Invertible Function

Let us define a function y = f(x): X → Y. If we define a function g(y) such that x = g(y) then g is said to be the inverse function of 'f'.

Think: If f is many-to-one, g : Y → X will not satisfy the definition of a function.

So to define the inverse of a function, it must be one-one.

Further if f : X → Y is into then there must be a point in Y for which  there is no x. This again violates the definition of function for 'g' (In fact when f is one tone and onto then 'g' can be defined from range of f to domain of i.e. g : f(X) → X.

Hence, the inverse of a function can be defined within the same sets   for x and Y only when it is one-one and onto or Bijective.  

Note: A monotonic function i.e. bijection function is always invertible.

Illustration: Let f : R → R be defined as

                  y = f(x) = x2. Is it invertible?

Solution:

No it is not invertible because this is a many one into function

This is many-one because for x = + a, y = a2, this is into because y does not take the negative real values.

Illustration: Let f : R → [0, α) be defined as y = f(x) = x2. Is it invertible?
(see figure below)

  figure-invertible-or-not

Solution:

No it is not invertible, it because it is many one onto function.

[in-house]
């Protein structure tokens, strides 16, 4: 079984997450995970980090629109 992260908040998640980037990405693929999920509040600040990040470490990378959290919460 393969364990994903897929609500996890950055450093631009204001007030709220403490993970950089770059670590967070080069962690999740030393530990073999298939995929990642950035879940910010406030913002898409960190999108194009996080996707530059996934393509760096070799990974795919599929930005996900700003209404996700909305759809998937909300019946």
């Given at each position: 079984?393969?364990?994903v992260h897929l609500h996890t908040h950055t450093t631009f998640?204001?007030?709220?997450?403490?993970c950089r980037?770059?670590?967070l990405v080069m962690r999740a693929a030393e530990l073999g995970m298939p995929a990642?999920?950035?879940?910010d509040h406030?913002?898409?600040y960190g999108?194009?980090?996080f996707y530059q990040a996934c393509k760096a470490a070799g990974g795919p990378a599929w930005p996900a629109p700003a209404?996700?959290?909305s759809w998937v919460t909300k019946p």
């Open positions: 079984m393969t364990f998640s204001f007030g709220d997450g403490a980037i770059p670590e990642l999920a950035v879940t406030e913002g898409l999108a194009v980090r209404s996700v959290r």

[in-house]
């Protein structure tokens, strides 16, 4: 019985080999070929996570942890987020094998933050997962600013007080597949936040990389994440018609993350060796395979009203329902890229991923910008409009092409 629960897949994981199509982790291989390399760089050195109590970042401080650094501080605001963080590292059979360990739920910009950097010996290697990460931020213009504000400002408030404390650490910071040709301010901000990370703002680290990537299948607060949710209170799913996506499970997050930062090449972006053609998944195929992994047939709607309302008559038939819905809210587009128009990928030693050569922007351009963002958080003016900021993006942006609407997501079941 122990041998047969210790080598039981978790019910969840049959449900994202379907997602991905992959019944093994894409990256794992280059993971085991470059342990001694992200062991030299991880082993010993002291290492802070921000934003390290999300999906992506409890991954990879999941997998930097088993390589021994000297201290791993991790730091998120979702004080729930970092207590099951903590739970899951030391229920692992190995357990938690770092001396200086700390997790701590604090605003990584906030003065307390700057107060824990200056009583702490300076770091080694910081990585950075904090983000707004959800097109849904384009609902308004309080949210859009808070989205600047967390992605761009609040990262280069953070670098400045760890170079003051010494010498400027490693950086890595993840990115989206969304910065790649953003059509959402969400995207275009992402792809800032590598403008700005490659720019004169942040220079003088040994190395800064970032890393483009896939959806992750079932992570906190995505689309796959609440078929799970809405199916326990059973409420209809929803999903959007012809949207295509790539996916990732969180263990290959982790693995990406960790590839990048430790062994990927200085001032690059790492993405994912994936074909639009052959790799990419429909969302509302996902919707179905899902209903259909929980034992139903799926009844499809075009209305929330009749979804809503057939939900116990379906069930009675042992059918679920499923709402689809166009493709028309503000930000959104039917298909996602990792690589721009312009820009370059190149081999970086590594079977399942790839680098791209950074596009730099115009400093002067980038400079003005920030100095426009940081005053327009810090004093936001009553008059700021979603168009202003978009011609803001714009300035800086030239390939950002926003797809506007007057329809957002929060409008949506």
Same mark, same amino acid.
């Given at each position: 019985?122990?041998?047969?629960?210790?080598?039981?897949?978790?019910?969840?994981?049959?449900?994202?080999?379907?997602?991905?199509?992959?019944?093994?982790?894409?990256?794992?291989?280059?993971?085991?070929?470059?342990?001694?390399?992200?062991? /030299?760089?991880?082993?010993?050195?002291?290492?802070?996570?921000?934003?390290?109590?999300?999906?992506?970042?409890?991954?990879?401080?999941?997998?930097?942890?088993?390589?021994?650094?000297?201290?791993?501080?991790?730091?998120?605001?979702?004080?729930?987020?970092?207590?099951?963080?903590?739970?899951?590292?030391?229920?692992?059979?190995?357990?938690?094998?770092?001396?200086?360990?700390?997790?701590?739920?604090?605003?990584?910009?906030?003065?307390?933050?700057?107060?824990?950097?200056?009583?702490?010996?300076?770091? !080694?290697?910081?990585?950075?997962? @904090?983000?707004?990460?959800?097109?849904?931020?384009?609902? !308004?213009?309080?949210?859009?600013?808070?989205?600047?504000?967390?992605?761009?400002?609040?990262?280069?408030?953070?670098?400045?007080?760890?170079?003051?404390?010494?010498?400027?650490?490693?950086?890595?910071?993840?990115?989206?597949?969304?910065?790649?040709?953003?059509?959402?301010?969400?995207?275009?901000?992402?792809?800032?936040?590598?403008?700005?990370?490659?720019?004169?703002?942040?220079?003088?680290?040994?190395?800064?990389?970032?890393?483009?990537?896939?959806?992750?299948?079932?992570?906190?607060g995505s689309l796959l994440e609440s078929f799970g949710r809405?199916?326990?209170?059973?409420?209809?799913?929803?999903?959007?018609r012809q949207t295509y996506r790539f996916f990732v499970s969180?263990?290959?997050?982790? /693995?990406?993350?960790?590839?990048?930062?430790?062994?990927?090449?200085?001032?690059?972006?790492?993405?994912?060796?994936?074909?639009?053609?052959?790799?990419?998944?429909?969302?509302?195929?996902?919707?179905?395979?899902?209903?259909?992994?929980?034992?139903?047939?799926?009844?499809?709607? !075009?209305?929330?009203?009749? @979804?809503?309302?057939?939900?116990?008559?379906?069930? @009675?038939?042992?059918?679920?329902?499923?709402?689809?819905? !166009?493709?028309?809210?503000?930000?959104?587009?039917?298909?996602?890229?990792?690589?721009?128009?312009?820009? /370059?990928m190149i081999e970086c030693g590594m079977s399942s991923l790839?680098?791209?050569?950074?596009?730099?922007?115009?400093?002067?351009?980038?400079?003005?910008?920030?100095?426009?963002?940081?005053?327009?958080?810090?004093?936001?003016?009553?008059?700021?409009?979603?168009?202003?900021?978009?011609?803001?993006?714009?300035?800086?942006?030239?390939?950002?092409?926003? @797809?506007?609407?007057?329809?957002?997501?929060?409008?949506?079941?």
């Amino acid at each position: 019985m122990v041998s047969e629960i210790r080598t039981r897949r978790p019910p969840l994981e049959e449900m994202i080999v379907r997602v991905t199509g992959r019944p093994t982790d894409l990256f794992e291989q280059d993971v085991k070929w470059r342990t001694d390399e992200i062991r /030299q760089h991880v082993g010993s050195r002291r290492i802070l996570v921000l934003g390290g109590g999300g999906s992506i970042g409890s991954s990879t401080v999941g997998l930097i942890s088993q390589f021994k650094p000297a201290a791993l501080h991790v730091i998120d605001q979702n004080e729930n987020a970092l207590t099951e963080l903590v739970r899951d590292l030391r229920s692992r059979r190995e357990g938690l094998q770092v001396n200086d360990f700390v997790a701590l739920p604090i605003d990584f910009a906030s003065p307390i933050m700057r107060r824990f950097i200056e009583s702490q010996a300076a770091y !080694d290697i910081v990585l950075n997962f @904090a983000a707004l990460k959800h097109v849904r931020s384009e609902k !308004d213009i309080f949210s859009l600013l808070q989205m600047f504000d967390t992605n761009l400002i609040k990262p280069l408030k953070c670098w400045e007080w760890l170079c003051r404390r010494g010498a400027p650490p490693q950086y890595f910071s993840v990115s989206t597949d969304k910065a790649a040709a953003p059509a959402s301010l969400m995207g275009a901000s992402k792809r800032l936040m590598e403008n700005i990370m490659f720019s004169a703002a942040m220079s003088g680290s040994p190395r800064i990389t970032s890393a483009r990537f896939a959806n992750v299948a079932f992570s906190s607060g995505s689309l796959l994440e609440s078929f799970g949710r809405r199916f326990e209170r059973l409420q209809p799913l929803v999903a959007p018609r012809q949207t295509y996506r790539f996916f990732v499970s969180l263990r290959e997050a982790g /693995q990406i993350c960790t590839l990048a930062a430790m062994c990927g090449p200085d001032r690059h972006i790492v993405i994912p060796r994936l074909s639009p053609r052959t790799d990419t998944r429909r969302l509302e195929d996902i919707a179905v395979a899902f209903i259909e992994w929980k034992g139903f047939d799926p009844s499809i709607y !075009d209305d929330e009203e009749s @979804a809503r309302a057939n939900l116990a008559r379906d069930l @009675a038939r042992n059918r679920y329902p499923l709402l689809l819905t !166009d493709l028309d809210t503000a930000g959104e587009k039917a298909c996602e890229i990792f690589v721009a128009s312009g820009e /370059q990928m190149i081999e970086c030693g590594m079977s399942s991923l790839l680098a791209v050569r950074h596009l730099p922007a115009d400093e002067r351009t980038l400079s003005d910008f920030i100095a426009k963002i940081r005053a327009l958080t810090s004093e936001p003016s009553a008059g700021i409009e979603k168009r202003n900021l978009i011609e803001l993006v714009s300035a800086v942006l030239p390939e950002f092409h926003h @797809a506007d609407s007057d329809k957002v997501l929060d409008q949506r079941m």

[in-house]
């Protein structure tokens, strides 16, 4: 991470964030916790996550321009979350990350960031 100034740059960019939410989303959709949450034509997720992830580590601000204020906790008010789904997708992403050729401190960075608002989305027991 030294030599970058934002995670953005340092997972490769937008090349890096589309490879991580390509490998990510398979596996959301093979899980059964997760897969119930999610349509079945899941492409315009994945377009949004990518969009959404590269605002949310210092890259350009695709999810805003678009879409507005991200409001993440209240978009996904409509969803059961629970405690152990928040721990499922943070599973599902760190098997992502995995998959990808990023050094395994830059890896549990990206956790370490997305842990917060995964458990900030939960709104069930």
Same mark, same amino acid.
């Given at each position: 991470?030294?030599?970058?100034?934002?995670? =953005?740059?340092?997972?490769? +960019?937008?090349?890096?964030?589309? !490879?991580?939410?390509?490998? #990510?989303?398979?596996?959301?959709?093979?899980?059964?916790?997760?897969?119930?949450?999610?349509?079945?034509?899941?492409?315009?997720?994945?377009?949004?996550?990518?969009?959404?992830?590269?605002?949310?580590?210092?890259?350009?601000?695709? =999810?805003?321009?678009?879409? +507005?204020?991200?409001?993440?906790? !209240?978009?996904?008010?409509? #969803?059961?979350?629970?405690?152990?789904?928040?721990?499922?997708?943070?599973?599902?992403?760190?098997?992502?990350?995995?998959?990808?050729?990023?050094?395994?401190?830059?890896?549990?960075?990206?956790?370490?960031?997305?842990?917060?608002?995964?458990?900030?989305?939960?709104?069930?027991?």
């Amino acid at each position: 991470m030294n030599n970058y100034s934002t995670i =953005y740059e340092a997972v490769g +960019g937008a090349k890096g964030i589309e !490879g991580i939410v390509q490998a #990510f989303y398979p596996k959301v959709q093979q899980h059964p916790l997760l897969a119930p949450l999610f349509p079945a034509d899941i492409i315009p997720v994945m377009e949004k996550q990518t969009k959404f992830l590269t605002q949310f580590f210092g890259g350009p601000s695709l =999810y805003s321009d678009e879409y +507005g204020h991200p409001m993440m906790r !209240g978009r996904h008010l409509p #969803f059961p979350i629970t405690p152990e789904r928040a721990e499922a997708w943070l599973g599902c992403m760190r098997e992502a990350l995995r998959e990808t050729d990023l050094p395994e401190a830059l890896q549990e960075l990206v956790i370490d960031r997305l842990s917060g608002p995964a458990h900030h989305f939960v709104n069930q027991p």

Illustration: Let f : [0, α) → [0, α) be defined as y = f(x) = x2. Is it invertible? If so find its inverse.

Solution:

Yes, it is invertible because this is bijection function. Its graph is shown in figure given below.

 

     graph-for-invertible-function                        

Let y = x2 (say f(x))

        => x = +√y

But x is positive, as domain of f is [0, α)

         =>  x = + √y

Therefore Inverse is y = √x = g(x)
 

                                             f-and-g-are-inverse

Figure (A)

        f(g(x)) = f(√x) = x, x> 0

        g(f(x)) = g(x2) = √x2 = x, x > 0

i.e. if f and g are inverse of each other then f(g(x)) = g(f(x)) = x

Illustration: How are the graphs of function and the inverse function related? These graphs are mirror images of each other about the line y = x.

Solution:

Also, if the graph of y = f(x) and y = f-1 (x), they intersect at the point where y meet the line y = x.

                Graphs-of-function-and-its-inverse

 

Figure (B)

Graphs of the function and its inverse are shown in figures given above as Figure (A) and (B)

For Figure (A)

        y = f(x) = x2; f : [0, ∞) → [0, ∞)

 

Examples:

1. Define y = f(x) = x2 in some other ay so that its inverse is possible.

2. What is the inverse of y = loge (x + √(x2 + 1))

Ans.1         f :  (-α, 0]  →  [0, α)

                y = f(x) = x2 and its inverse is

                y = -√x     (Figure B)

Ans.2         y = (ex - ex)/2

  

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